Rebuilding The Federal Science Workforce Climate and health policies rely on scientific expertise. But the federal science workforce has been shaped by decades of political interference, underfunding and race and gender bias.
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Why Having Diverse Government Scientists Is Key To Dealing With Climate Change

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Why Having Diverse Government Scientists Is Key To Dealing With Climate Change

Why Having Diverse Government Scientists Is Key To Dealing With Climate Change

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  • <iframe src="" width="100%" height="290" frameborder="0" scrolling="no" title="NPR embedded audio player">
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The Biden administration says addressing climate change and environmental racism are major priorities. In order to address them, they'll need to lean heavily on federal scientists - engineers, mathematicians, epidemiologists and chemists. Right now, that federal science workforce is disproportionately white and male. NPR's Rebecca Hersher reports on efforts to diversify the government's technical ranks.

REBECCA HERSHER, BYLINE: Laura Dodson is a 28-year-old agricultural economist at the USDA and a steward for one of the agency's employee unions. She was pretty sure that this was the right job for her because she watched her dad do it for years.

LAURA DODSON: It's kind of ridiculous and cute, but we both work in the exact same field

HERSHER: As a kid, Dodson thought her dad's job seemed great. Agricultural economists help the government decide how to support farmers across the country. It's important work. In college, Dodson studied economics. Her father encouraged her. Other men did not.

DODSON: I had male mentors when I was in college, and it did not go well. And I was discouraged from being a scientist and discouraged from taking my career

HERSHER: Further, one mentor told her straight-up she was not smart enough to be an economist. She ignored him and got a graduate degree. Women are underrepresented in government STEM jobs, sometimes dramatically. A recent report from the House Science Committee found that, at the federal agency that leads basic climate research, there are more than eight times as many male engineers as female engineers. The racial demographics are even more dismal. Federal scientists are still overwhelmingly white. Black scientists are particularly underrepresented. That's a big problem for an administration that says it wants to correct health disparities and reduce greenhouse gas emissions in ways that address systemic racism.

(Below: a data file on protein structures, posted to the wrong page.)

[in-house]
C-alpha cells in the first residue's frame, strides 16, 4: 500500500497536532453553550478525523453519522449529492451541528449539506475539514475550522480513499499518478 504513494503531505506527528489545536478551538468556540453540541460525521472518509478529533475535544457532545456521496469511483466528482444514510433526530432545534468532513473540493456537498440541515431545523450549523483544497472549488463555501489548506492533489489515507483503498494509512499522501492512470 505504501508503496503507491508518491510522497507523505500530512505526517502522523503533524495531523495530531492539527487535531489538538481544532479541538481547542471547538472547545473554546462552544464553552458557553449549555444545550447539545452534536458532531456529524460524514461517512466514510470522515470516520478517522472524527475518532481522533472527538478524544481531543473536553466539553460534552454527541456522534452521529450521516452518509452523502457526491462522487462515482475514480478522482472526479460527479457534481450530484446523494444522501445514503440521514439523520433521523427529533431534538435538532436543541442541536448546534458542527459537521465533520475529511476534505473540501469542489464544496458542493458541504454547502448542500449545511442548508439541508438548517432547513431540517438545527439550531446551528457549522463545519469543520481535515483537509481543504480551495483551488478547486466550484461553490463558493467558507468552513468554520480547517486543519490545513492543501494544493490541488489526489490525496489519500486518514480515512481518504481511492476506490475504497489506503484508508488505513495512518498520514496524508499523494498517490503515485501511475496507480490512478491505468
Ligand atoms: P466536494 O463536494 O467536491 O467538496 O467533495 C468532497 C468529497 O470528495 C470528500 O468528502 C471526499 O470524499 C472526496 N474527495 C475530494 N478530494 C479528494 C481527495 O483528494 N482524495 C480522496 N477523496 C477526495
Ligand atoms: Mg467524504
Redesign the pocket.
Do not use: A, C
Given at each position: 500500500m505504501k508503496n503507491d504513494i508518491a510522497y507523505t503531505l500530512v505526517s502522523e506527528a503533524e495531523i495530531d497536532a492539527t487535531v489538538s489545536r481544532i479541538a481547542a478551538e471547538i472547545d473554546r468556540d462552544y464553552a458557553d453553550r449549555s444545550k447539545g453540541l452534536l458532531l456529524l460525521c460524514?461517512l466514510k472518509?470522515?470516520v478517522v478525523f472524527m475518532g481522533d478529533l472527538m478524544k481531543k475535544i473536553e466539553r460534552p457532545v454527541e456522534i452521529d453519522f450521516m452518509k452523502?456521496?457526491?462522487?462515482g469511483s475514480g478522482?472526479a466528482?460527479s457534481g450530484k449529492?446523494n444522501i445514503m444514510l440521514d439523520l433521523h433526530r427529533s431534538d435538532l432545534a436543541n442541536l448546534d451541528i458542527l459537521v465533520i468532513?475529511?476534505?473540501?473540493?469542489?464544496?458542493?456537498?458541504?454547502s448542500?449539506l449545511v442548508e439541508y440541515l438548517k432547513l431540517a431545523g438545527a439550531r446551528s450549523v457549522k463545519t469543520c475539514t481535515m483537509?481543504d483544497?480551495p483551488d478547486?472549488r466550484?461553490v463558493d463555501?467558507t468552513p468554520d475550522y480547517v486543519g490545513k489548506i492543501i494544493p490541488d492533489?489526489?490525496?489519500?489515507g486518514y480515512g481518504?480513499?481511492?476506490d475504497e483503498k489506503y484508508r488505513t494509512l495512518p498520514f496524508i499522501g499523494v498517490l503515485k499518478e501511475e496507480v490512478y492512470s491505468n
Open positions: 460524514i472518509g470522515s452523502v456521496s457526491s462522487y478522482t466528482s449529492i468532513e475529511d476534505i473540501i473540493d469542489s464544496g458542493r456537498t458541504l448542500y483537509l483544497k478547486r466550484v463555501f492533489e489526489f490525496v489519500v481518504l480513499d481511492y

ANTONIO BAINES: The more folks at the table doing science, hopefully the quicker we'll find cures for the cancer and diseases and make a better environment for all of us.

HERSHER: Antonio Baines is a toxicologist and pharmacologist at North Carolina Central University, a historically Black institution. He has advised thousands of young scientists over the years. But federal government jobs aren't always an obvious choice.

BAINES: I think students don't always know what they can do with their degrees. And the federal government can be a black box.

HERSHER: Baines wants those jobs to be seen as viable options. He's invited the heads of science agencies to guest lecture and arranged for students to shadow federal scientists. Tia Tate is a 30-year-old computational biologist. She flew through undergrad, masters and Ph.D. programs studying health disparities. All of her degrees have been from HBCUs.

TIA TATE: I feel like having graduated from, like, these historically Black colleges and universities really kind of gives me a sense of pride in self - for myself and my people and encouraged me to continue to work for my communities.

HERSHER: But as a Black woman in science, Tate says she also felt unsure sometimes about where she fit.

TATE: So, you know, I felt like an imposter at one point, but...

HERSHER: Like she didn't belong. She knew she was excellent at math and biology, but there was still a nagging fear that she might not be able to compete in academia or government.

TATE: I kind of felt like, OK, can I hold my own to these people that went to these prestigious universities where, you know, the funding was limitless and, you know, they had opportunities that I didn't necessarily - didn't have? And so I had continued to tell myself, you know, I am qualified. I'm not here just because of affirmative action. I hate that term.

HERSHER: Tate also had a mentor in her Ph.D. program, a woman of color who was an excellent scientist. The mentor had done a postdoc in government after she finished her Ph.D. And so when Tate was offered a postdoc position at a federal agency, she took it. She can't discuss her agency, but she says she likes her job so far. And she would love to stay in government if she can continue to work on health disparities.

In recent weeks, the Biden administration has taken steps to attract and retain young scientists like Tate and Dodson. The proposed infrastructure plan explicitly cites the need for a more inclusive STEM workforce. Democrats hope to send more money to minority-serving colleges and universities that are training the next generation of scientists. Rebecca Hersher, NPR News.

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